Thinking tactically, these people, our rulers, have just shown us that they can beat us on this ground of their choosing. The sad truth is that we, the people, are not sovereign in the UK and we have to play canny if we want to beat our rulers. 45% wasn’t enough people persuaded when they unusually agreed to an official referendum. We shouldn’t think for a minute that those people are going to put their backs into forcing another referendum, Catalan-style. Even if we’d had 55%, we might have lost the post-Yes settlement to the rich and powerful. What good would 55% have been then?
These campaigns are a good base for change, and they shouldn’t squander themselves on bitterness about a fight they didn’t pick anyway. If we want to build a more economically and socially just society, let’s not return to the fray on their terms but choose our own.
Winning or making
The appeal of 45% is surely about the possibility of winning. Wouldn’t it be brilliant to win? The simplicity and cleanness of this tactical way-point, “Yes”, was unusual and welcome in the messy world of activism. That’s partly why it made for good campaigning material. And right now it feels like we almost won all of those many things we were campaigning for.
But a more just economy and society aren’t going to be “won”. They are not prizes. They need to be built piece by piece. Mainly from the bottom up, though some sympathetic changes from the top can help enormously. We were not 5.3% close to “winning” our goals, and clinging on to an essentially rather silly way of trying to solve society’s problems is not going to get us any closer to them.
Us and them
Thirdly, it’s just offensive to imply that 55% of voters voted No for bad reasons. For the Yes campaigns, the whole point was that we live in a country where we have very very little control over our lives and our communities. You can absolutely subscribe to that point of view, and want better, and believe we can do it – and still think it was too bloody big a risk to let the SNP and the Tories battle out our constitutional future for two years before an election. I didn’t, on balance.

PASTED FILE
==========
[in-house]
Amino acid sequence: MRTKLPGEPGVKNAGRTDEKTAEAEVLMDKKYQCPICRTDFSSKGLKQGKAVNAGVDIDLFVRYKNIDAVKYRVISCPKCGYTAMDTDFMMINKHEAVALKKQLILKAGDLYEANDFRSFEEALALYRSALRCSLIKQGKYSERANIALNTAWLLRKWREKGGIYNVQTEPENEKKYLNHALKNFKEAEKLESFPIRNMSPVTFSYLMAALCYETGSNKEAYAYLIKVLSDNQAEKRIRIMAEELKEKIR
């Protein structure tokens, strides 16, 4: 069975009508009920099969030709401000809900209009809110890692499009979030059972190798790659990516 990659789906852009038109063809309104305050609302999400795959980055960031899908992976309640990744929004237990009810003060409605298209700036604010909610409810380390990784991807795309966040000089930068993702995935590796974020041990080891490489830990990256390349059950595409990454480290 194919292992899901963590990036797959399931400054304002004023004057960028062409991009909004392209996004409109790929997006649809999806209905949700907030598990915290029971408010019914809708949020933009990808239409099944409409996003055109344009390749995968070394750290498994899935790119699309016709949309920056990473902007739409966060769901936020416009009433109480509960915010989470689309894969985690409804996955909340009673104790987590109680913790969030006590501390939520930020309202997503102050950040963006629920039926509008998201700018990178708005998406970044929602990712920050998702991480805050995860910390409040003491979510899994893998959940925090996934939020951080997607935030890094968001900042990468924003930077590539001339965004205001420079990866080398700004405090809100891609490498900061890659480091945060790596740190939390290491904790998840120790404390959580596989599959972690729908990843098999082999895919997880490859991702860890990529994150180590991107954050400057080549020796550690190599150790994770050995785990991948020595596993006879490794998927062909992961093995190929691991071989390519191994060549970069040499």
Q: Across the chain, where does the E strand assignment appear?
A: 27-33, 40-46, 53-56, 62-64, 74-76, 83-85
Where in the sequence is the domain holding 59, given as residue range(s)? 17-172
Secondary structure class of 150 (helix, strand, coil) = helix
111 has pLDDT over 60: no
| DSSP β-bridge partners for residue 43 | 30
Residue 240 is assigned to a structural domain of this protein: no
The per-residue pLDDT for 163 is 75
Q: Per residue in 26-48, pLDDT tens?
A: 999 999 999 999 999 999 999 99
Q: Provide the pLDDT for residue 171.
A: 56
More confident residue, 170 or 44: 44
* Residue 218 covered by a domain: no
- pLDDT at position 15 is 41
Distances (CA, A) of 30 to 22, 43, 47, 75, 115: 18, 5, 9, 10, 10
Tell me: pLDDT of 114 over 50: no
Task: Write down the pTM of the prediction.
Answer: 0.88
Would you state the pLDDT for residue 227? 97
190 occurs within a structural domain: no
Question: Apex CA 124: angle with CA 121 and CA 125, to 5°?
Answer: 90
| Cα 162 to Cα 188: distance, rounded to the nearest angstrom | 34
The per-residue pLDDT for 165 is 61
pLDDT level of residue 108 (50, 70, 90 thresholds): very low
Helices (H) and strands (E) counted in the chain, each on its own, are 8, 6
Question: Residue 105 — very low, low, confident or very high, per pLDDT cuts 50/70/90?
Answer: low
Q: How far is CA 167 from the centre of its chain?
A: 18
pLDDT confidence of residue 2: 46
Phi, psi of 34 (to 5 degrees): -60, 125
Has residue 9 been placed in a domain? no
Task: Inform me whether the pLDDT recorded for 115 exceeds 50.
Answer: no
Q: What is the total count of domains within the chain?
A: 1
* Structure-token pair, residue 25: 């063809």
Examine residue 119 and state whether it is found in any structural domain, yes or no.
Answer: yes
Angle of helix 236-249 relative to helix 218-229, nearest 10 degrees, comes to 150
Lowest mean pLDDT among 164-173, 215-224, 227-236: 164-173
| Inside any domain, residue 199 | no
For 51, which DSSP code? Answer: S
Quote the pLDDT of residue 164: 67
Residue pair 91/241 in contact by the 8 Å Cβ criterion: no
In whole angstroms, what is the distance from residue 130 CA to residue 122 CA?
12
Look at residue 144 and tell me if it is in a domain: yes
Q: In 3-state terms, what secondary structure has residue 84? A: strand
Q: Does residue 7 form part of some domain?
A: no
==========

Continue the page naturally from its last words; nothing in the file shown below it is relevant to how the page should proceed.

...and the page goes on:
Many people did. Don’t call them stupid, or dupes of the corporate media, or traitors. Especially if you want to work with them. Disturbing and dangerous is the clarity of the line with which this 45% slogan draws an us and a them. This is not a good path to go down. For starters it is playing into the hands of Cameron, who wants to whip up English resentment and chauvinism to help him see off UKIP and Labour. If we’re going to be canny we won’t play this predictable game.
Some 45%-ers want to send shivers down the spine of the establishment. Forget John Lewis, some of what is being said under the banner of 45% sends shivers of horror down mine. That some people think 1745 is good historical resonance, forgetting it was when Scottish elites and a drunken Italian gambled with ordinary Scottish people and culture and sold them into death, penance and exile when the intra-elite conflict of their day failed to come off. The boycott threats against Standard Life, John Lewis, the BBC, Sainsbury’s, the Daily Record, etc, etc, which are a total distraction from the issues and threats to social justice in Scotland and the UK right now. The Yes campaigns didn’t attract 44.7% of the vote by using aggressive tactics and bellowing, bullying language. A campaign about corporate attempts to control public opinion would be great but bawling threats over twitter is not it.
It is powerful open-heartedness that inspires devotion to the cause of social change – please, let us not loose it to bitterness. The last thing we want to do is to play this game. We need to keep our heads, keep talking about the real issues to real people, and not get drawn into this game of soldiers that only the rich will win.
A messy time
Which ever way the vote had gone, right now was always going to be a messier time, now that there isn’t a convenient point up to which so many people can be fellow travellers. There will be many who want to press on and will use any tactic to try and make us “stick together” so they can keep up the illusion of the “win”. There will also be many who need to step back, figure out what they want, what to do next.
This 45% stuff is a mostly well meant attempt to keep a movement together. But we should have the confidence that it doesn’t need to be kept together by empty sloganeering. People should be allowed the time and space to shape these movements for themselves.
Darren McGarvey says it very well when he points out that a lot of campaigns have grown very fast with one clear goal in mind, and now we need time to reflect and make sure they can be strong and democratic as campaigners before diving straight into the next thing. This means lots of voices and listening to disagreement. This is healthy. Campaigns that don’t make time for this will fail their members, and squander all their knowledge and passion. Those who can stomach a proper conversation will come out the most strong and vibrant. Collaborative discussion, doubt, messiness for a period, will be the big bold act of confidence and creativity that everyone needs right now.